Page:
When my mother-in-law moved in with my husband and me after her stroke, I watched my stress levels skyrocket. I wanted to provide the best care possible, but I didn’t know where to begin. After doing a lot of research and talking to friends who had been in similar situations, I discovered that there are some really wonderful resources out there for first-time caregivers like me.
By taking advantage of the following tips, those of us who are new to caregiving can relax and focus on caring for our loved ones knowing that we are well-prepared.
Accepting your new role as a caregiver can be tough, and there is no reason to pretend that it’s not. One of the best things you can do, for you and your loved one, is remember to take care of yourself, too. A healthy diet, regular exercise, and setting aside time to enjoy your favorite hobbies and the company of your friends can all help you manage stress. And when your stress levels are kept in check, you will be more clearheaded, calm, and energetic, all of which translate to a better, more sustainable ability to provide great care. It is sometimes difficult to not feel guilty about taking time for yourself. Try to remember that by taking care of your needs, you are indirectly taking care of your loved one’s needs, too.
Caregiving can lead to all sorts of emotions, questions, and concerns. Having a robust community that can offer support, camaraderie, and advice is crucial, especially for new caregivers who are most likely to need a little reassurance.
You may find that your closest friends do not understand what you are going through. This can be frustrating and lead you to feel alienated or alone. Fortunately, there are a variety of online support groups for caregivers that provide a place to share your worries and aggravations. At the end of a long day, I find comfort in connecting with others on discussion forums who can relate to my experiences. Sharing stories remains one of my favorite ways to make new friends and learn new information.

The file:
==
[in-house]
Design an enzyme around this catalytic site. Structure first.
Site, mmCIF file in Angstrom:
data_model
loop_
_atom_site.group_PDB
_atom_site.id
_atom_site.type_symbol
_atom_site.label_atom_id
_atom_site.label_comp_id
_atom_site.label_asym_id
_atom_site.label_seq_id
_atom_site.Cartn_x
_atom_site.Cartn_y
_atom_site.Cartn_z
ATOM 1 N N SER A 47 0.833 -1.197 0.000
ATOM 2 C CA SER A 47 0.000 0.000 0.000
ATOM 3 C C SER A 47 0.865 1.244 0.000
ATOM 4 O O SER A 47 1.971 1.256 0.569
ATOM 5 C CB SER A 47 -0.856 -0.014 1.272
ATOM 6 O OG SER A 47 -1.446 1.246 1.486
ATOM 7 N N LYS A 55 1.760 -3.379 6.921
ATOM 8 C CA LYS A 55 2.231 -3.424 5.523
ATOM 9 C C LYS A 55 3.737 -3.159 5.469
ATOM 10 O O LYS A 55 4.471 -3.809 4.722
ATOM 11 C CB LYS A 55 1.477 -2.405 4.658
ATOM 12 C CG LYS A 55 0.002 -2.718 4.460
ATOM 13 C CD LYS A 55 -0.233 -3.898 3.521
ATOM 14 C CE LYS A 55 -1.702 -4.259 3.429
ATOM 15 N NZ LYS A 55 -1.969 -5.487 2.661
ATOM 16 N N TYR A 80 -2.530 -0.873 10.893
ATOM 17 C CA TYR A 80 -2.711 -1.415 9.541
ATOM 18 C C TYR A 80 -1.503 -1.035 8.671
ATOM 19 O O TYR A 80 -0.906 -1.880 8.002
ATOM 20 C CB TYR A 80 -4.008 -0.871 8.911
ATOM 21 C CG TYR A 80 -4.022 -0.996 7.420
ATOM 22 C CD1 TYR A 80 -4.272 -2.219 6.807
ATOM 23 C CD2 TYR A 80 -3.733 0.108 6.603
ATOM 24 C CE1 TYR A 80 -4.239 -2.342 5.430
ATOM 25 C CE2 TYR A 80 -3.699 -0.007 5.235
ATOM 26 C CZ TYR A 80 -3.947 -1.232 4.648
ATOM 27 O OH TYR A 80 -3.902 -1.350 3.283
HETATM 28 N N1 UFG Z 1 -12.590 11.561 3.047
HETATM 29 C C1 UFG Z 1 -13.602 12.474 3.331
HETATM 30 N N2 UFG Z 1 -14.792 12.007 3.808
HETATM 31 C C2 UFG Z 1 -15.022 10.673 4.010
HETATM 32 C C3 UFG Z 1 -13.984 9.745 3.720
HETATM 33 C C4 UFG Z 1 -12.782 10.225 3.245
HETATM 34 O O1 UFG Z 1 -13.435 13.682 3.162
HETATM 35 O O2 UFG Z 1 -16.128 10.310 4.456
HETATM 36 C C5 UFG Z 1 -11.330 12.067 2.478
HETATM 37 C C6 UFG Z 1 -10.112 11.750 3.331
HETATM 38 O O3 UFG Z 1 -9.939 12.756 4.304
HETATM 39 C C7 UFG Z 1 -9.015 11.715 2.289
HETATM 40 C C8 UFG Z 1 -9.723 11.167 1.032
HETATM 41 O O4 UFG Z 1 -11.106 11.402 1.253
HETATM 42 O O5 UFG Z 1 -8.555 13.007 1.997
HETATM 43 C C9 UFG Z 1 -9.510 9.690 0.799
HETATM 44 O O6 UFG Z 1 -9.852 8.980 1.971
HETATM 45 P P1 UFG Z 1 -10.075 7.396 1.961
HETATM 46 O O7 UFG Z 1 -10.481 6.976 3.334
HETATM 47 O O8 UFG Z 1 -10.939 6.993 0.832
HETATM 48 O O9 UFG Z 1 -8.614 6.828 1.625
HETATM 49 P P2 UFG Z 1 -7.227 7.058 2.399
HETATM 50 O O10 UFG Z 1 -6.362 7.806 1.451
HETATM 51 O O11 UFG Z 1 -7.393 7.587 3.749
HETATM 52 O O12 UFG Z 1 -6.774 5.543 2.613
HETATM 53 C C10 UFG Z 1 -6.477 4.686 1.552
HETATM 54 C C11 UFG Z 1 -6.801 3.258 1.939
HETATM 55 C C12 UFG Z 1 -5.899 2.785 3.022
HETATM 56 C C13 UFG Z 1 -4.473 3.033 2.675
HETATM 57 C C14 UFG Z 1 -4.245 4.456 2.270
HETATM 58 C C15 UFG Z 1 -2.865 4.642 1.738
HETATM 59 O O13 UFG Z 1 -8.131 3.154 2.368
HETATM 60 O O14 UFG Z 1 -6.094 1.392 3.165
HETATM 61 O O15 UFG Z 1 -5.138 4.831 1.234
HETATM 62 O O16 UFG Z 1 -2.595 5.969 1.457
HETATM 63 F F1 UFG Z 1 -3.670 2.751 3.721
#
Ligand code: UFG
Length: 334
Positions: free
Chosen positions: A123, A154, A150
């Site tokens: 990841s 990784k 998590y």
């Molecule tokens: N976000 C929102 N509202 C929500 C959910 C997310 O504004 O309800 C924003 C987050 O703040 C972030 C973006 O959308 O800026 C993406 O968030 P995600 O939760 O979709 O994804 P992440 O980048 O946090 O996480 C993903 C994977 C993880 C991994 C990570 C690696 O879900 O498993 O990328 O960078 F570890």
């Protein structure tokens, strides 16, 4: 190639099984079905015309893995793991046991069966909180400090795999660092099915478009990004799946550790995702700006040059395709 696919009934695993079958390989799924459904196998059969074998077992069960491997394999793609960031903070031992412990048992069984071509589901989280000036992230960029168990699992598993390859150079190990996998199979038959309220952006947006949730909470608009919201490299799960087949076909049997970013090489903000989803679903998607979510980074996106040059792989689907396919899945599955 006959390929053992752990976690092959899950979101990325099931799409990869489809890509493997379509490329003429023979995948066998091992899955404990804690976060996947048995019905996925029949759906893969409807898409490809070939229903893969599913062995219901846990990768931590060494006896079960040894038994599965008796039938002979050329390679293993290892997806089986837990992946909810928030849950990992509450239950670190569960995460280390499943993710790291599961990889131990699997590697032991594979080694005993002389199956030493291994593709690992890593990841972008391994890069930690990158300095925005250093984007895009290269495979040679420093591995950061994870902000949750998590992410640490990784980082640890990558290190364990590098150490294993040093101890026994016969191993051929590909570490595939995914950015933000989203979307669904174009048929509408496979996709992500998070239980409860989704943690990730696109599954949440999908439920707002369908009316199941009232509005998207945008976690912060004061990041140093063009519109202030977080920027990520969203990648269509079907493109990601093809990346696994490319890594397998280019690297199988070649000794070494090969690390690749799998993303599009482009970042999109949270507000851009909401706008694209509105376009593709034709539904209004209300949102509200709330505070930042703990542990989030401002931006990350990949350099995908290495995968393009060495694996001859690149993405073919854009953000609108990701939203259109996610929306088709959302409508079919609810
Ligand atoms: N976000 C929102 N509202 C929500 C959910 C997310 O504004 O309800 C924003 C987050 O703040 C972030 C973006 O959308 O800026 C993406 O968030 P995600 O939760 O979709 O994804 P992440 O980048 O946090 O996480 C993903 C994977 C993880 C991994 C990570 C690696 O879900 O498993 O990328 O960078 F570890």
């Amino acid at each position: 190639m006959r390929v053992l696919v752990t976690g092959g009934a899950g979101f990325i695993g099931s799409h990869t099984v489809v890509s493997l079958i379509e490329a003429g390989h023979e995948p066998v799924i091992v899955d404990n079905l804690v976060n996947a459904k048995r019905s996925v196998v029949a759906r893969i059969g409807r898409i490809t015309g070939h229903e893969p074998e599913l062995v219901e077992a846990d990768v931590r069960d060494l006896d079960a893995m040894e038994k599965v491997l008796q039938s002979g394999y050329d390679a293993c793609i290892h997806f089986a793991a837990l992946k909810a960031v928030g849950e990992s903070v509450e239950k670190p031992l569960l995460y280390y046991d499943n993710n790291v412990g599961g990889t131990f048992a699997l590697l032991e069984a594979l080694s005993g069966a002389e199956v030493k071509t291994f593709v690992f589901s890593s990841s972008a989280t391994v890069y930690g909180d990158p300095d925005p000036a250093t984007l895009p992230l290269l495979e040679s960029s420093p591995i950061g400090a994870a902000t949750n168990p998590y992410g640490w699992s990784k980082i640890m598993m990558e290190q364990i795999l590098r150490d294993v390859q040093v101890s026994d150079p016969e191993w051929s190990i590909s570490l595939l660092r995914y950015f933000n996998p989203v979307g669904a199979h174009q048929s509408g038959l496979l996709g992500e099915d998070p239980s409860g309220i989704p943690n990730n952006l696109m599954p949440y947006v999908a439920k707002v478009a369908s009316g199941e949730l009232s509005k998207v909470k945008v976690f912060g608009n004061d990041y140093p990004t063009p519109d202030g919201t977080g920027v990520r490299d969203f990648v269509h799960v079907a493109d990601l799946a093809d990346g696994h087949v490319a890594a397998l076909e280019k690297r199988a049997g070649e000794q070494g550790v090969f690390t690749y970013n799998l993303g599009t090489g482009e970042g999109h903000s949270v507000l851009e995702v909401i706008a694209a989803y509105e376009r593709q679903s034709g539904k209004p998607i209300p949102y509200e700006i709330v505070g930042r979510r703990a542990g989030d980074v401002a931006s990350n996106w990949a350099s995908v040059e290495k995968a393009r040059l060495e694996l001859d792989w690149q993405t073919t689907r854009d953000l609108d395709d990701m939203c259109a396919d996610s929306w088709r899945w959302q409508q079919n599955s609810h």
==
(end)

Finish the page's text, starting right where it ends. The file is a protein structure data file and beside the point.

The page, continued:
It’s normal to feel overwhelmed by everything you need to keep track of when you are caring for a loved one. Medications, medical visits, and daily regimens can quickly add up to a pile of lists that are all too easy to lose. With the help of apps for smartphones, tablets, and other devices, you can ditch the pen and paper. Microsoft Health Vault allows caretakers to keep medical records all in one place, which makes it easy to track down contact information for a loved one’s physicians, or to forward relevant medical history to new doctors. Other programs help keep track of medications, dosing schedules, and allow you to check whether or not medications—including over-the-counter drugs—interact with each other.
When it comes to caregiving, knowledge is power. And power provides peace of mind. While you’re sure to learn about your loved one’s medical conditions, medications, and other treatments, there are additional issues that you’re almost guaranteed to run across. You may find yourself being asked to make decisions about your loved one’s finances and end-of-life wishes, among other things. Investing time early on in learning as much as you can will prevent a situation in which you’re faced with the panic of navigating circumstances you know nothing about. At the least, try to familiarize yourself with first aid and CPR, other assisted living options and their associated costs in the event your loved one eventually requires a different level of care, and the current state of your loved ones financial and legal affairs.
As you settle into your role as caregiver, try to keep your expectations realistic. You can provide excellent, compassionate care, but you cannot plan to meet each and every one of your loved one’s needs one-hundred percent of the time. Remember that there will be good days and bad days, and more importantly, that that’s okay. Ellen Besso’s book, The Caregiver in Midlife, gives advice from a balanced perspective that is supportive without any sugarcoating.
About the Author
Shanon Raynard believes prevention and preparedness are one of the most important elements of health and wellness. She partners with ACLS.net to raise awareness about life support certification resources that follow the latest guidelines from the American Heart Association.